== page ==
- Business debt is not only bad news and does not mean your business is about to go bankrupt. But how?
- If you are able to reduce your company’s ‘bad debt’ one payment at a time, you’ll be able to afford yourself to get into ‘good debt,’ which is debt with potential for actual growth.
- But in order to do it correctly and know which are some of the best examples of those, keep on reading.
It turns out many businesses go into debt during their lifecycle. As a matter of fact, you’re likely to see quite a bit of debt from the time your business begins through its ultimate maturity. Sometimes it’s okay to go into debt, sometimes it isn’t.
What is An Example of a “Good” Debt Scenario
Here’s a great example of a prospectively "good" debt scenario: Let's say your department store turns over $1,000,000 annually in revenue, after expenses. That’s pretty good! And traffic is increasing. In fact, it’s gotten to the point where you need to expand. The expansion will definitely bring in similar numbers, given time. Your community is growing as well. All projections indicate it’s a positive move.
Here’s the problem: The new department store isn’t going to be cheap. As a matter of fact, all projections indicate a $1.75 million dollar build, you’ve rounded that up to $2.0 million because you understand building projects always go over budget, and that means a minimum of two years’ revenue paid toward a debt for construction.
This is good debt, because optimally—combined with your main store—your additional store will make enough in its first year of operation to pay back the cost of the build, but you’re going to have interest, and things aren’t going to go as planned.
Still, projecting out for such a situation with a four-year payback time and a build projection higher than the reality will likely be an effective way of gauging the cost, and hopefully coming in under-budget.
Provided business continues as planned, and you’re able to pay back the debt, this would be an example of good debt. Many businesses have situations like this which result from profitability and success.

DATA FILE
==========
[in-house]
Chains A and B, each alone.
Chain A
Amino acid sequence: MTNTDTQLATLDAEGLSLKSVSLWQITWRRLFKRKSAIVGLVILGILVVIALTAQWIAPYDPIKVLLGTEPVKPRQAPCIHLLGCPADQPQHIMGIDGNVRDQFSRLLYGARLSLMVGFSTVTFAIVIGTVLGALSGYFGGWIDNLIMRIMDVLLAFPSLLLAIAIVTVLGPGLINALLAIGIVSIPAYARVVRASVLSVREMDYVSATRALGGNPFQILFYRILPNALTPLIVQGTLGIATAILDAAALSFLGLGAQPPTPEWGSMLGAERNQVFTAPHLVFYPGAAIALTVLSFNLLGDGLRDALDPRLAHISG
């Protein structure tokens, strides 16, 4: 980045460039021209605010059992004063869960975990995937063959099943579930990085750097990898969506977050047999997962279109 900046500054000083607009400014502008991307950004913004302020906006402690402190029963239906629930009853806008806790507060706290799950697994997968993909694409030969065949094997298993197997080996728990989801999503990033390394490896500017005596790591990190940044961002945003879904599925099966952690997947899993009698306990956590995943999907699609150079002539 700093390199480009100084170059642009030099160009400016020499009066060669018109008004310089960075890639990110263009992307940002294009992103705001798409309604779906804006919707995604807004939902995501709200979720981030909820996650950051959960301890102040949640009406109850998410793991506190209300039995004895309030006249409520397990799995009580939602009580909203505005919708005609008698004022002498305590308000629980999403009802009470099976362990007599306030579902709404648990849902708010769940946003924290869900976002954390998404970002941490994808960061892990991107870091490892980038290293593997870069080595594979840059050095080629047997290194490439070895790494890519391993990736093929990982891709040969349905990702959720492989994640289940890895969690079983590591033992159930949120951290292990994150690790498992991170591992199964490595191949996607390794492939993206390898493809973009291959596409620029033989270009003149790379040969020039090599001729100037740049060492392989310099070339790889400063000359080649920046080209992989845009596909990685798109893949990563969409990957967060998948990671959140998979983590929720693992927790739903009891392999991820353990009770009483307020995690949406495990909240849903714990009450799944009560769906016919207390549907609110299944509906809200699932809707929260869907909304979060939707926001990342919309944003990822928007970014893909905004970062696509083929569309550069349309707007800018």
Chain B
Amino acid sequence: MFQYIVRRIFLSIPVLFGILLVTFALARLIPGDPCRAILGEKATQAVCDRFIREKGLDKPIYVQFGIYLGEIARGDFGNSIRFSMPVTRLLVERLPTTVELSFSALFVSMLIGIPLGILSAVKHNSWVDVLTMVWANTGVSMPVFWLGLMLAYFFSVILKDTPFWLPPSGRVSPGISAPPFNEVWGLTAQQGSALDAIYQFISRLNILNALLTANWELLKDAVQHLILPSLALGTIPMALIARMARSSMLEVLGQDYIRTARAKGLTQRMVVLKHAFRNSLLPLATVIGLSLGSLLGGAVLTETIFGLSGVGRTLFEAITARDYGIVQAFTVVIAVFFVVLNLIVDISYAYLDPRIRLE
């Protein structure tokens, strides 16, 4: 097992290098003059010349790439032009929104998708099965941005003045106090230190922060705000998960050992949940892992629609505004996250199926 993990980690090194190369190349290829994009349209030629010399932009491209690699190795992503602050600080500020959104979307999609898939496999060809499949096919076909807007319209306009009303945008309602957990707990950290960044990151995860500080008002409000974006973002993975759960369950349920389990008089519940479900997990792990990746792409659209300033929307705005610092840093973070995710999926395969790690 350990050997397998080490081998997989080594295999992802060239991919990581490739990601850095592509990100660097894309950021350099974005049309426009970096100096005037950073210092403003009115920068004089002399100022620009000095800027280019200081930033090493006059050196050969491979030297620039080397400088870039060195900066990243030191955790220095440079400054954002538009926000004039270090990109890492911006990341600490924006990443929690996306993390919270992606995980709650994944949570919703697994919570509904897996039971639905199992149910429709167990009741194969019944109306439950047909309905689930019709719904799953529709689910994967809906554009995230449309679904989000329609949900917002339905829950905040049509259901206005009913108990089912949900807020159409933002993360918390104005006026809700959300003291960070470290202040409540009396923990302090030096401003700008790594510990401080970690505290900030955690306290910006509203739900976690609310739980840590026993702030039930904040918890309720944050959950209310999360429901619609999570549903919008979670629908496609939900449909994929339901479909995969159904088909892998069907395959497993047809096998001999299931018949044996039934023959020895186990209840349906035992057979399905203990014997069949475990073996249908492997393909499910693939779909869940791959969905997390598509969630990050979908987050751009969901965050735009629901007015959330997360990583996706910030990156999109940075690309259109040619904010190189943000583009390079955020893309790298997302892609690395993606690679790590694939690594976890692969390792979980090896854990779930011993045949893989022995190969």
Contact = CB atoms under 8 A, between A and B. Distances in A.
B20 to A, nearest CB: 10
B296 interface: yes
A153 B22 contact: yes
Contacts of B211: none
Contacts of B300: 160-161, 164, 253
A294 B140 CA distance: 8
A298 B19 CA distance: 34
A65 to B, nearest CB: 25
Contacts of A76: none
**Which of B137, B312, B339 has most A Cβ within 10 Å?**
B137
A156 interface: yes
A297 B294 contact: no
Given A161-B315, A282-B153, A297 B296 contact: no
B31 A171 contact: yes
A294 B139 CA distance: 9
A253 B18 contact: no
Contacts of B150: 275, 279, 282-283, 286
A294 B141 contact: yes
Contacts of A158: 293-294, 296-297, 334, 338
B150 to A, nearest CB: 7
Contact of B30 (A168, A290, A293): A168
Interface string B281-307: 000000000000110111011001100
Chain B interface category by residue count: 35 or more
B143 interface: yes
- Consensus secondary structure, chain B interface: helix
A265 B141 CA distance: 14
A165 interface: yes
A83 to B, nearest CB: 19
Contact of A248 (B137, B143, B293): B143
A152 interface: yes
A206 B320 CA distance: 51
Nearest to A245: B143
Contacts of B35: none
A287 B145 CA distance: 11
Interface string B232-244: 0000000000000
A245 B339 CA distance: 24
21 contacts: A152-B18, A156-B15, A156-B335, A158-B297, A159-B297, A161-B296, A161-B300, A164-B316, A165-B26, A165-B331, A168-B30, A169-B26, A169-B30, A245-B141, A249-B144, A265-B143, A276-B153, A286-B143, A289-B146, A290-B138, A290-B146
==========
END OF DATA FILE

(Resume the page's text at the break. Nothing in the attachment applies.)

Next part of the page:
Ensuring that such efforts don’t end up undermining you requires careful planning and the freedom to take out a business loan.
How to Reduce Business Debt
For smaller businesses, you’ll have similar opportunities that are scaled-down. And, additionally, your personal financial situation as regards good and bad debt will likewise have similar characteristics.
Find out more about how to regain your financial freedom with a new debt-free life,” then read here. You’ll find plenty of strategies to help you consolidate your debt, reduce what you owe, and ultimately experience increased financial autonomy—this in a personal and “business” way.
There are four ways to reduce your business debt:
- Self-directed consolidation
- File for bankruptcy
- Develop a cost-cutting strategy
- Tax breaks
1. Self-directed consolidation
One way to get out of debt is through self-directed consolidation, where you find fast online loans to pay off debts en masse, and then you just pay off the loan you got from the ‘net in a single sum rather than divvying it up between your previous debts.
This reduces the cost of interest over time. One interest rate costs less than multiple rates. Small to medium-sized businesses will likely have to find more diverse solutions, but again, there are solutions out there.
2. File for bankruptcy
You could additionally file for bankruptcy, but this should be a last-resort scenario. Ideally, you want to first cut unnecessary costs and get out of debt before you cash in your chips and scoot your business chair from the table of profitability.
3. Develop a cost-cutting strategy
Some things you can do to cut costs include upgrading to cloud-based services in order that internal tech solutions can be more cost-effectively surrogated, optimizing manufacturing/delivery, and cutting unnecessary employees. Alternatively, you can re-apportion employees to different areas of your business where they’ll be more effective.
4. Tax breaks
Tax breaks are also a great way to save money; look where you can sustain them through charitable donation or sustainable energy conversion. Sometimes a small donation or an upgrade in your energy solutions can save you tens of thousands in taxes for the year, allowing you to more quickly pay off existing debts.
There are many strategies out there. The most important thing is not to become overwhelmed, but to work at getting rid of that debt one payment at a time. Tomorrow is another day, and when you’re “in the green,” you’ll have the ability to sustain good debt which leads to expansion.
To boil it down: good debt can yield profitability with time, bad debt will not. So, avoid the bad debt by getting into a situation where you can afford the good debt.
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